The University of Memphis has begun the process of expanding the culinary arts program by leasing L’Ecole Culinaire building in Cordova.

The UofM anticipates the approval of the expansion by the spring semester of 2020. The culinary arts school will offer a one year program to be certified in basic culinary skills by the American Culinary Federation (ACF), non-credit courses in culinary arts, baking and pastry, and public cooking classes open for the community to enjoy.

Tim Flohr, a Hospitality and Resort Management instructor at the UofM, said that the university found a great opportunity for the expansion of the culinary program. 

“The administration saw a huge void when L’Ecole shut down in December of last year,” Flohr said. “We intended to create a culinary arts program on campus, but when this opportunity became available we knew that this would be a much better opportunity for us.”

Flohr said the culinary concentration has yet to be approved but is anticipated for spring 2020.

“We don’t currently have a culinary concentration yet but that will be going to the University Undergraduate Counsel (UUC) on Oct. 11,” Flohr said. “If it is voted on at that time then we will hopefully be able to begin that in the spring of 2020.”

Flohr said commuting may be an issue for some students.

“It may be an issue, but hopefully in the future if we have enough students there may be an opportunity for us to help out with transportation,” Flohr said. “We’ve got a lot of students out here now who are carpooling with other students in class and it’s working out quite well actually.”

Flohr said the expansion is a great opportunity for the UofM and students, with the building measuring over 32,000 square feet with eight kitchens, eight classrooms, and dining rooms.

“We’re really excited, we have an opportunity to have one of the largest culinary schools in the Mid-South,” Flohr said. “We have a great opportunity here to provide a culinary arts curriculum to the entire community.”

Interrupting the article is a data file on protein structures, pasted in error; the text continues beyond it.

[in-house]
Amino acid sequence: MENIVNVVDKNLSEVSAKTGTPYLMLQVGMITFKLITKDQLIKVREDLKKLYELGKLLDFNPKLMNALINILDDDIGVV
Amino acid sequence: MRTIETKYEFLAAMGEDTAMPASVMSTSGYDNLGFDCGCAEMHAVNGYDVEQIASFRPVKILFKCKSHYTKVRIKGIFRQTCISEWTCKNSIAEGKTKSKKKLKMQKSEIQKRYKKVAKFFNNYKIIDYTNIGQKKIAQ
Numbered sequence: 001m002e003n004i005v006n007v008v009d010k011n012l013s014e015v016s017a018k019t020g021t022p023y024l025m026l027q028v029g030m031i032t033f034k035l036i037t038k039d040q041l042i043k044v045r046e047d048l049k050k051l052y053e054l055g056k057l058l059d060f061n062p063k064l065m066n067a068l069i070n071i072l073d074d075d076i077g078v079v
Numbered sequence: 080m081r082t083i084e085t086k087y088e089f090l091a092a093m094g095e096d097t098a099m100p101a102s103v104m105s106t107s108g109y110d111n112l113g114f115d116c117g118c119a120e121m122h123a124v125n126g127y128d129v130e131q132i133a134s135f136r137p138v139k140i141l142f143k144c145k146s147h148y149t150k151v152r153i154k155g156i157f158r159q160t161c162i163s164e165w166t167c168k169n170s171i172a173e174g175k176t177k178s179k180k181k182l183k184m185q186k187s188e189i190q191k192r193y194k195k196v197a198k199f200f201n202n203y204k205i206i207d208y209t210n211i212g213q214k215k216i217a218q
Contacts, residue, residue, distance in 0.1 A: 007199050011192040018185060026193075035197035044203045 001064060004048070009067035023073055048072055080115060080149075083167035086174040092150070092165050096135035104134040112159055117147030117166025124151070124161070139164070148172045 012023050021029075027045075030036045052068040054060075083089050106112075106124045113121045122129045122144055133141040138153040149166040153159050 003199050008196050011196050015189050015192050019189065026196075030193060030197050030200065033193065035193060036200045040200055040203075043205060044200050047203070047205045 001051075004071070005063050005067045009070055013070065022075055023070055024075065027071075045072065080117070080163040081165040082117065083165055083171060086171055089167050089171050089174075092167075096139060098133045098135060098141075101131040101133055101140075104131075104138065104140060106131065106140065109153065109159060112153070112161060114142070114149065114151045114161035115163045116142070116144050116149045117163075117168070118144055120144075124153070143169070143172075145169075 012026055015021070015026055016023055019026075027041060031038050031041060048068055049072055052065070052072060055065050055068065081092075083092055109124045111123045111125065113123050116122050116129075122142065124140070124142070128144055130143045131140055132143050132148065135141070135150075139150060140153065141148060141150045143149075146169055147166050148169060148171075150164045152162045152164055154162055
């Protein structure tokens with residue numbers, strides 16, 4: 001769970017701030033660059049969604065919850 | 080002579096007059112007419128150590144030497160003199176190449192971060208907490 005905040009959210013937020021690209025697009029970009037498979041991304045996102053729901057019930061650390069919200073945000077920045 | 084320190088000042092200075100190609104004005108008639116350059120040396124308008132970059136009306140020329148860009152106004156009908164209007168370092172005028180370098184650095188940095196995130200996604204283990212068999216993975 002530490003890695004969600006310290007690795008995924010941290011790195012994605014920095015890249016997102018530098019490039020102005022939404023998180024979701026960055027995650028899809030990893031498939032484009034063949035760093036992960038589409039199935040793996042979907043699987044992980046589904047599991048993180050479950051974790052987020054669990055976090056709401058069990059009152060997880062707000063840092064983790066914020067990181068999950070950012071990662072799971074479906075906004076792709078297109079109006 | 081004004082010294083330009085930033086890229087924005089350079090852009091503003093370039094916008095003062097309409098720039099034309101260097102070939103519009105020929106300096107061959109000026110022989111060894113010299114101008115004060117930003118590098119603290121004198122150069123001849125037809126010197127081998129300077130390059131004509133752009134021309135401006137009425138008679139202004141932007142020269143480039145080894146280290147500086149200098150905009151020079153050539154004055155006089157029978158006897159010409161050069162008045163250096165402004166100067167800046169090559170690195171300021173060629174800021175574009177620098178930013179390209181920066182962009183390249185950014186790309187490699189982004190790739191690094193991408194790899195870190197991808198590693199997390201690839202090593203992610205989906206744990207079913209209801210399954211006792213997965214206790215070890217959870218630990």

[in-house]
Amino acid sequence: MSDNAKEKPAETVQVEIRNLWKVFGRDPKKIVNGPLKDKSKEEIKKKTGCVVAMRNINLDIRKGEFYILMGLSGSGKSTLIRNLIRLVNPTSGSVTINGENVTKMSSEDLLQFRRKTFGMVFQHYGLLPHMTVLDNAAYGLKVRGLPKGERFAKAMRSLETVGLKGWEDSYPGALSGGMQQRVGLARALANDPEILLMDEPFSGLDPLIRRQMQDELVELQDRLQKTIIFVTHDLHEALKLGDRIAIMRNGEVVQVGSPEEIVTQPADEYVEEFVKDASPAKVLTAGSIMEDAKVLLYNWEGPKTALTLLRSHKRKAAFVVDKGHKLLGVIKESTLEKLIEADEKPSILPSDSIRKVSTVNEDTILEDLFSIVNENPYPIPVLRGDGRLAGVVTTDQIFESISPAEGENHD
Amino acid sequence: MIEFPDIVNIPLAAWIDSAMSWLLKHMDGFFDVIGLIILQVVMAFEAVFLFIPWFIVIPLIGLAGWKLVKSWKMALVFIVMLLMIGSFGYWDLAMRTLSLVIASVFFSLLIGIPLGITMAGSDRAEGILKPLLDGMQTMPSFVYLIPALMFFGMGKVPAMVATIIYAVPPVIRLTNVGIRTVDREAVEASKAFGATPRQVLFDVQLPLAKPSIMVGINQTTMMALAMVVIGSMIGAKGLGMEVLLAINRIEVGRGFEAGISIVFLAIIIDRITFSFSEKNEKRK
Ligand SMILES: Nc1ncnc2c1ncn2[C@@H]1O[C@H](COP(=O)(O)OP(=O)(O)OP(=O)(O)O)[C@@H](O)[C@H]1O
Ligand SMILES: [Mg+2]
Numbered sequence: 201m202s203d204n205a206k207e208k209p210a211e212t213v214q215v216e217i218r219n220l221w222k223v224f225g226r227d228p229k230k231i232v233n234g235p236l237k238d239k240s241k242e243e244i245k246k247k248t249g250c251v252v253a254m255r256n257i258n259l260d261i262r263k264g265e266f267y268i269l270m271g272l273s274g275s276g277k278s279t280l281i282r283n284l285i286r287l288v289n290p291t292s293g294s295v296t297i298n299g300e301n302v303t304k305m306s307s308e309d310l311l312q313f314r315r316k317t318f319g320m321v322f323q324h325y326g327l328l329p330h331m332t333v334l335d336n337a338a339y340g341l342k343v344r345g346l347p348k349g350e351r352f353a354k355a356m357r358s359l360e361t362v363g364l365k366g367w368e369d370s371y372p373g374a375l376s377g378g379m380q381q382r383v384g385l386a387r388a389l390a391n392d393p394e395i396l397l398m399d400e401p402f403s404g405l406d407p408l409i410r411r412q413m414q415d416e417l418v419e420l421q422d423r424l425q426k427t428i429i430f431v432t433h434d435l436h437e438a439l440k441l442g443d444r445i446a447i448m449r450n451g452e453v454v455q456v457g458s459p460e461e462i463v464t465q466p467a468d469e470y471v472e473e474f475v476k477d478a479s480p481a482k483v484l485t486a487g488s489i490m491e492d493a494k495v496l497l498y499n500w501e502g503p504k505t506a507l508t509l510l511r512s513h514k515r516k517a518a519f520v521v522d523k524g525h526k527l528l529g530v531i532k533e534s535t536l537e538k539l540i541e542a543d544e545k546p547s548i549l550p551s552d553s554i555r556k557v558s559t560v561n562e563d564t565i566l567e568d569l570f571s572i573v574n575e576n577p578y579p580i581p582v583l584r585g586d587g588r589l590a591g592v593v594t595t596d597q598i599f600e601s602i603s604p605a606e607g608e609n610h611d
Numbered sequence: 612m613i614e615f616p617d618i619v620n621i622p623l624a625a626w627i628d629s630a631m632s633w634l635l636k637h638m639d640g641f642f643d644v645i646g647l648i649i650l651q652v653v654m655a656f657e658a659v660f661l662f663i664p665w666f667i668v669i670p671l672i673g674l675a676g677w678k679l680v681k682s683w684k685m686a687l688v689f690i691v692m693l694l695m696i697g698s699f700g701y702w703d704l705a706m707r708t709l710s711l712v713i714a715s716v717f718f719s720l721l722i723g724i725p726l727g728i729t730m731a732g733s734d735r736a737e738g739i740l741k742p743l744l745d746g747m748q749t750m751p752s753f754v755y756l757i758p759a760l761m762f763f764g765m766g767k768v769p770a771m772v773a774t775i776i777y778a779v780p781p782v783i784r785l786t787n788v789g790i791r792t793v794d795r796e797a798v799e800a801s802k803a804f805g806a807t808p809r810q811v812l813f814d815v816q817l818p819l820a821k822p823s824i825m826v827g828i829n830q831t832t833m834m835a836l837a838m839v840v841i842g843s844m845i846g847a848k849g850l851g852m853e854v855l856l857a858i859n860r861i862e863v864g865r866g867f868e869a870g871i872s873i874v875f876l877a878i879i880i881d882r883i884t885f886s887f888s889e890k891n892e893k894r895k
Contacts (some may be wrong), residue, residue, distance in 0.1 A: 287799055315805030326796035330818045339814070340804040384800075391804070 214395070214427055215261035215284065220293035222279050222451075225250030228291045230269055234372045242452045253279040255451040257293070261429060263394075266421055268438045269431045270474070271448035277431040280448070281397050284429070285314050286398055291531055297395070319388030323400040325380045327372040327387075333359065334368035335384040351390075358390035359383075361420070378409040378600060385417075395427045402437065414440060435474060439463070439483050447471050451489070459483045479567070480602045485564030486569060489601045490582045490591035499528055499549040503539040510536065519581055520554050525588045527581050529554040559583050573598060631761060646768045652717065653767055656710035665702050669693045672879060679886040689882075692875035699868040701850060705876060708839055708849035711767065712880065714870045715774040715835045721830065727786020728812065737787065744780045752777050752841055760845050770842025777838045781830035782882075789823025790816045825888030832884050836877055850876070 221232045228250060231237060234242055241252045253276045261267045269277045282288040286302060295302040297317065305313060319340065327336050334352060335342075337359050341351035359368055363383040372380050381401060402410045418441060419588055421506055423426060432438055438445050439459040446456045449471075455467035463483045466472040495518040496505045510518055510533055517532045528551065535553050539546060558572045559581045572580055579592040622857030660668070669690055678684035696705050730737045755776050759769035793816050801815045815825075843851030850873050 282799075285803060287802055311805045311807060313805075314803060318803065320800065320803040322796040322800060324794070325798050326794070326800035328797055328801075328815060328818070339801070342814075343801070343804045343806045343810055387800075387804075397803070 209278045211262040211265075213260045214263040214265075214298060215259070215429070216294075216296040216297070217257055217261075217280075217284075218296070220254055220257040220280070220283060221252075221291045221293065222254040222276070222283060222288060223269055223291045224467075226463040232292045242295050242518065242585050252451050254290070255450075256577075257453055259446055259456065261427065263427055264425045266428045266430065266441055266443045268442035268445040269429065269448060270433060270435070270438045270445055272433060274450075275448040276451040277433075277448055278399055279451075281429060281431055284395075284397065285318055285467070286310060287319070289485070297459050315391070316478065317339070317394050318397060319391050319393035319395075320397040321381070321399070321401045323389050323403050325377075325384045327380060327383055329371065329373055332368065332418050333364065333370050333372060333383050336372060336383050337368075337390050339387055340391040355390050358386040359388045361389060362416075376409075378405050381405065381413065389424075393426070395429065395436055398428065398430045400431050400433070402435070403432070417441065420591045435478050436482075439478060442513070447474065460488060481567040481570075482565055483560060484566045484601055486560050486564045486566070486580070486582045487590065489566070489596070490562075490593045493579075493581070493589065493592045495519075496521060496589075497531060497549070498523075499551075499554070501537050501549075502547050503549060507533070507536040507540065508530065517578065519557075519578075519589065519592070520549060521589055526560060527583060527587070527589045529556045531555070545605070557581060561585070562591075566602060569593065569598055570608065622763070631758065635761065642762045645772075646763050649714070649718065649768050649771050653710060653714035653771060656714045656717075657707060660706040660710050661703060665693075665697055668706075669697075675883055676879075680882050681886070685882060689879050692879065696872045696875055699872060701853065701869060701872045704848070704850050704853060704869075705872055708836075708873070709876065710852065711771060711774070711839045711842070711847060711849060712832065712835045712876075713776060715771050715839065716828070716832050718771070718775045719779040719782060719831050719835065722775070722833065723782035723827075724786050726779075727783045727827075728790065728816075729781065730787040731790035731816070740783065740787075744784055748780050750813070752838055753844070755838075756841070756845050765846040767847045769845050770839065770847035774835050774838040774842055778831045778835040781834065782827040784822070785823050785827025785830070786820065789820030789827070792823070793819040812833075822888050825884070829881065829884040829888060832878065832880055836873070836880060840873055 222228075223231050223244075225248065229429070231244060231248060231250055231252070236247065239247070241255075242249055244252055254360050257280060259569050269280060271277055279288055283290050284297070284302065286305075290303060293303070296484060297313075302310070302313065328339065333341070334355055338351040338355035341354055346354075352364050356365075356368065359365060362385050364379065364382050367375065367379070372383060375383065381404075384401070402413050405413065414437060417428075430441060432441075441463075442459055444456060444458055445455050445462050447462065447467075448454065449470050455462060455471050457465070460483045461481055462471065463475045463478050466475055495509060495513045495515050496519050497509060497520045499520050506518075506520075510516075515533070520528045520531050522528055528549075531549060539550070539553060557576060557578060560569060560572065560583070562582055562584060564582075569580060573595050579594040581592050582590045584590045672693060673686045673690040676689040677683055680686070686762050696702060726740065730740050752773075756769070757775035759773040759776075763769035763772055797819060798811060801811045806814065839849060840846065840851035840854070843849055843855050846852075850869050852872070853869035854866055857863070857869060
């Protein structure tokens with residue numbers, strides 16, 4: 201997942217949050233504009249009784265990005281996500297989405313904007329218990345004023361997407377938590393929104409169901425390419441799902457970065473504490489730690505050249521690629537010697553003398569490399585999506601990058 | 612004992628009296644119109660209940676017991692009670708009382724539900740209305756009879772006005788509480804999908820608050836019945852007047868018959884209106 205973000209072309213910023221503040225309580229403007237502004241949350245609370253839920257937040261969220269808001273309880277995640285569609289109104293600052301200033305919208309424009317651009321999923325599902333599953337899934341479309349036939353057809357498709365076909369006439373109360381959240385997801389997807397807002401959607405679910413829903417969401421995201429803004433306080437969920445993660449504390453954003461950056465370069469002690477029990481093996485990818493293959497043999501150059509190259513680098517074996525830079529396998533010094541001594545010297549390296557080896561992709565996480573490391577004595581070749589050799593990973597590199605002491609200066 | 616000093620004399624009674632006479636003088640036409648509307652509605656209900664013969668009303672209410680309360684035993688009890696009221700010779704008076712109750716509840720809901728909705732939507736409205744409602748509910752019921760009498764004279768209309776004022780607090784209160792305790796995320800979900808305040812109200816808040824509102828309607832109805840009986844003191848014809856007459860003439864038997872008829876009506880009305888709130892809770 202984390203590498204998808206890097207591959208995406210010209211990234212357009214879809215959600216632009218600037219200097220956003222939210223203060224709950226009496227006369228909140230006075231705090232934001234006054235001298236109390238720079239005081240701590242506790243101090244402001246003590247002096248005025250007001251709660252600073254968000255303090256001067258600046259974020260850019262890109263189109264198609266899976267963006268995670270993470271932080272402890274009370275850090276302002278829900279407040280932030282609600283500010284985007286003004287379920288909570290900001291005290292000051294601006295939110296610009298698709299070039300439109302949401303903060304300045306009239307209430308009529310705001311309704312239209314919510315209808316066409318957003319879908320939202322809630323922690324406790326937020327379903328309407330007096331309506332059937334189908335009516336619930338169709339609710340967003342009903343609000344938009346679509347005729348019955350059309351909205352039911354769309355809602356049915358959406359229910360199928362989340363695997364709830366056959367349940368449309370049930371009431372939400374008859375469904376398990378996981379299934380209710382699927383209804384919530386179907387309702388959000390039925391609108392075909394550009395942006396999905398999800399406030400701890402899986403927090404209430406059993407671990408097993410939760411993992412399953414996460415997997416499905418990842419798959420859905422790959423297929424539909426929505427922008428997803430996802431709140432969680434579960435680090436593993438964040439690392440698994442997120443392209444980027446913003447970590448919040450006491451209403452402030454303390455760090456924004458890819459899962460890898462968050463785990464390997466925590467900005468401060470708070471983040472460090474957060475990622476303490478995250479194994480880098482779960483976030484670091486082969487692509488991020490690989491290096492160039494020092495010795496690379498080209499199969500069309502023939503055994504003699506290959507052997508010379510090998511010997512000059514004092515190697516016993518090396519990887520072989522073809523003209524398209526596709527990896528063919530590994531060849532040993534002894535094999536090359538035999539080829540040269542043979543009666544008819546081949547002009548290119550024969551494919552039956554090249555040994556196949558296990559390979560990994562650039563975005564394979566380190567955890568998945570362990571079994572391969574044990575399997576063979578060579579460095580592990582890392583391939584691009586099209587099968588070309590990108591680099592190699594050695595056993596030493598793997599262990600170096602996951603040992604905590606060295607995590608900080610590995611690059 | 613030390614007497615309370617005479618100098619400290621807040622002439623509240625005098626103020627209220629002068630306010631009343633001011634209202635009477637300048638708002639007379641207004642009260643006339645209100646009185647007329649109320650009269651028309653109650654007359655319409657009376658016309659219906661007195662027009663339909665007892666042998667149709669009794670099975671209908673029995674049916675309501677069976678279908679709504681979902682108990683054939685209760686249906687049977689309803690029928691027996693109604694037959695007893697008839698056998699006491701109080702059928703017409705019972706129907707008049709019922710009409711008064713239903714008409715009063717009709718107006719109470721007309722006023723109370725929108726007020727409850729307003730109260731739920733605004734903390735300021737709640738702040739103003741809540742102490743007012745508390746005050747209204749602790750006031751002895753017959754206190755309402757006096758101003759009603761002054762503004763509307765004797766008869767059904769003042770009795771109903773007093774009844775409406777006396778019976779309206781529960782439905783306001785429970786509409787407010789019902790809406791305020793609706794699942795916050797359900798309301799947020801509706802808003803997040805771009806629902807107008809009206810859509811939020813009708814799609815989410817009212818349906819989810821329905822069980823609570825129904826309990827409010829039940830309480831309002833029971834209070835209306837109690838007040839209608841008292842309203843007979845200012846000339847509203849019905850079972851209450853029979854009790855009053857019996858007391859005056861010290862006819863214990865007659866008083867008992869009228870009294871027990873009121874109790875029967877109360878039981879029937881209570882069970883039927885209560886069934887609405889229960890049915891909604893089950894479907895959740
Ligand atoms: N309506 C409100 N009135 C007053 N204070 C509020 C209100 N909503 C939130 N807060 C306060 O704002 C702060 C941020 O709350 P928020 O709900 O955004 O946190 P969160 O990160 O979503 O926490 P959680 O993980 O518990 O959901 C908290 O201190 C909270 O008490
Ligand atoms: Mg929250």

Radesh Palakurthi, Dean of Kemmons Wilson Hospitality and Resort Management, said the program will add to an already broad field of study that includes hotel management, food service, cruise lines, and tourism.

“There is such a shortage of trained people and being a hospitality program we really didn’t have a curriculum in food service and culinary arts,” Palakurthi said. “So we were really defeating the purpose of calling ourselves a hospitality program and not having a strong culinary curriculum.”

Palakurthi said the new building will be used for more than just culinary arts.

“That building will be used by the university, it won’t be just culinary,” Palakurthi said. “We will be offering general education classes and dual enrollment classes with high schools. This could be the hub for culinary education in the city.”

(0) comments

Welcome to the discussion.

Keep it Clean. Please avoid obscene, vulgar, lewd, racist or sexually-oriented language.
Don't Threaten. Threats of harming another person will not be tolerated.
Be Truthful. Don't knowingly lie about anyone or anything.
Be Nice. No racism, sexism or any sort of -ism that is degrading to another person.
Be Proactive. Use the 'Report' link on each comment to let us know of abusive posts.
Share with Us. We'd love to hear eyewitness accounts, the history behind an article.